Indonesia oil well explosion death toll climbs to 21

An Indonesian fire fighters battles to extinguish a fire at an illegal oil well in Peureulak on April 25, 2018. (AFP)
Updated 26 April 2018
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Indonesia oil well explosion death toll climbs to 21

  • An oil spill sparked a huge fire that shot up some 70 meters in the air, above homes and palm trees in a residential area on Sumatra island’s Aceh province
  • The latest toll was more than double an initial count of 10 as more victims succumbed to their injuries in hospital following the accident early Wednesday morning

PEUREULAK: The death toll from an oil well explosion in Indonesia has climbed to 21, with dozens of others in hospital, authorities said Thursday, as they extinguished the towering blaze.
The latest toll was more than double an initial count of 10 as more victims succumbed to their injuries in hospital following the accident early Wednesday morning.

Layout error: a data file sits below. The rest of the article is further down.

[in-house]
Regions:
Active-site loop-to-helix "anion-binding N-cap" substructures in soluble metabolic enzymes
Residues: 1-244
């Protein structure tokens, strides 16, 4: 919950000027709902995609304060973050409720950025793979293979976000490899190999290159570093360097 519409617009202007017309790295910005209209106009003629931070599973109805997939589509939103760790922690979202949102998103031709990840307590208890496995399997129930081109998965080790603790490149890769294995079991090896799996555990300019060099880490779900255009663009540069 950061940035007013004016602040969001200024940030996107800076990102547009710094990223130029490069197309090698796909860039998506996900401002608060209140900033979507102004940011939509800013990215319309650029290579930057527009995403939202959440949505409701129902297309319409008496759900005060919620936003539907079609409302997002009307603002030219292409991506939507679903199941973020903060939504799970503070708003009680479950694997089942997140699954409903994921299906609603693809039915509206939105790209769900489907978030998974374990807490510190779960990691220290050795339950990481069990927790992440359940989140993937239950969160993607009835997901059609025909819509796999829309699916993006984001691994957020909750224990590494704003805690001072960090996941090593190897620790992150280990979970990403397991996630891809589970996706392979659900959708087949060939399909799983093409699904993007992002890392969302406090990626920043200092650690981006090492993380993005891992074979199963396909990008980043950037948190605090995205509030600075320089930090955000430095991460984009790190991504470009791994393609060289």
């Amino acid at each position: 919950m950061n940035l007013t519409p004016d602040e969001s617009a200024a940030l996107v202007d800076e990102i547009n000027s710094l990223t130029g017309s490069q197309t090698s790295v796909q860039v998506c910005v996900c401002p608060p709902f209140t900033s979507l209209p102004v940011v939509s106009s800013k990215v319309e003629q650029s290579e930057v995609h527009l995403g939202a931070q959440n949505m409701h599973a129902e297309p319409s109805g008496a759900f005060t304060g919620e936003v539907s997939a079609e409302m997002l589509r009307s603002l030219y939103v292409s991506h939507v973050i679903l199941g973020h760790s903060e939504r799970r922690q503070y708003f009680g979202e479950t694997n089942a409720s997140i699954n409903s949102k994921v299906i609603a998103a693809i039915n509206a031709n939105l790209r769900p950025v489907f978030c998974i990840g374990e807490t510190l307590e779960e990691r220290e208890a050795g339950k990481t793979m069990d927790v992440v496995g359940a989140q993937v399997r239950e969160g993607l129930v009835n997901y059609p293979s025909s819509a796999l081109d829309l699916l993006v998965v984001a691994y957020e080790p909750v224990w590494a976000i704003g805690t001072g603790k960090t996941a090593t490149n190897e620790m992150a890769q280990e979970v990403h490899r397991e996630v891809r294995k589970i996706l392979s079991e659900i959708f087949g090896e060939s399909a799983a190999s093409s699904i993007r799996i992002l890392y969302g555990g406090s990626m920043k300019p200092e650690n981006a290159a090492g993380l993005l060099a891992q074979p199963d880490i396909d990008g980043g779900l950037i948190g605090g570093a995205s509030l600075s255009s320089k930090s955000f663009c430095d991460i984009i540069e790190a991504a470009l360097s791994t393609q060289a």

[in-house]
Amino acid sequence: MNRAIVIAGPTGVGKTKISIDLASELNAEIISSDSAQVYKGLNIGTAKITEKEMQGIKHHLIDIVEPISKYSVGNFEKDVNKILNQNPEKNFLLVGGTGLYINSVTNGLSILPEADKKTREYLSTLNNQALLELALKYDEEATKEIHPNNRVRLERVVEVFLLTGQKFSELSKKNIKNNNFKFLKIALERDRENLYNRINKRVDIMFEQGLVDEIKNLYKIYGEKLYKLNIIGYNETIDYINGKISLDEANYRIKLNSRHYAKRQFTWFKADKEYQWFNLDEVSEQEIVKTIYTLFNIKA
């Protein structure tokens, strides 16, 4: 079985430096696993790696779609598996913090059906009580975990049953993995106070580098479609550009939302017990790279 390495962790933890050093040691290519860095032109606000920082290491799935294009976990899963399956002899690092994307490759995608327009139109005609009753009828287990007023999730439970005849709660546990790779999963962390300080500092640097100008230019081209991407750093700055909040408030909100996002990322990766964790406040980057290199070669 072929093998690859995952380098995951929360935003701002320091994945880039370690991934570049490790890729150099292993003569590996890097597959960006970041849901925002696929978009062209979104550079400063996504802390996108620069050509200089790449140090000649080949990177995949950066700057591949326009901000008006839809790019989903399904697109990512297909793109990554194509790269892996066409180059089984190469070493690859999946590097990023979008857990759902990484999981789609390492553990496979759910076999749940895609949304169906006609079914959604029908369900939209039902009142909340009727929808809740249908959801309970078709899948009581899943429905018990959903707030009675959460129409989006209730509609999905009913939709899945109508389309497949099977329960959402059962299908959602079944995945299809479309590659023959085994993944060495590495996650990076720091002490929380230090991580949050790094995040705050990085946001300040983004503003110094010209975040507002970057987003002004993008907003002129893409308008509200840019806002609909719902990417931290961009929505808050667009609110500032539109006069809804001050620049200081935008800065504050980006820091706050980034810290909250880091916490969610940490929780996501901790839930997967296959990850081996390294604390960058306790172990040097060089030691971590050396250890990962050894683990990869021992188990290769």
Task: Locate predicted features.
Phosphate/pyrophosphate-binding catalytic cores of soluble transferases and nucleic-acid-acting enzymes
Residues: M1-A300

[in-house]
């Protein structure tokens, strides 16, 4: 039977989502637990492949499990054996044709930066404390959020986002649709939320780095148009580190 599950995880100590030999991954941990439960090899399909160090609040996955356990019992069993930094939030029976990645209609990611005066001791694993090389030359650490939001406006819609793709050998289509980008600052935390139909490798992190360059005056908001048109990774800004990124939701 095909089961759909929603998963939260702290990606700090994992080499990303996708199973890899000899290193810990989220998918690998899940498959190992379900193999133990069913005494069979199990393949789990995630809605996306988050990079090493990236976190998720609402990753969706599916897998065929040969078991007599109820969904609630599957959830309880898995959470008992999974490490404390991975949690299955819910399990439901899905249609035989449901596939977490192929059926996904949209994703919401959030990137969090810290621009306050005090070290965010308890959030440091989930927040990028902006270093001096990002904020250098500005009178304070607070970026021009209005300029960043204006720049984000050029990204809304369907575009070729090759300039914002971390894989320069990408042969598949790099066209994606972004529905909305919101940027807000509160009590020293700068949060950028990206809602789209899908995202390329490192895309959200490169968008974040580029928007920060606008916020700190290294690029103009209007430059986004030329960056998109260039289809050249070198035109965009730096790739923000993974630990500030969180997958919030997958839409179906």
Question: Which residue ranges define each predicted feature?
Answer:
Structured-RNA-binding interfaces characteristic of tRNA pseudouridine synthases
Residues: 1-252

An oil spill sparked a huge fire that shot up some 70 meters (230 feet) in the air, above homes and palm trees in a residential area on Sumatra island’s Aceh province.
Several houses were also destroyed in the explosion in the village of Peureulak until authorities finally managed to snuff out the blaze.
“The fire has been extinguished now.... We are still monitoring the injured and the situation at the accident,” said Henny Nurmayani, an official at Aceh’s disaster mitigation agency.
Three dozen victims remain in hospital, she added.
The victims were collecting oil from around the entrance of the illegal old well bore when the fire erupted, police said.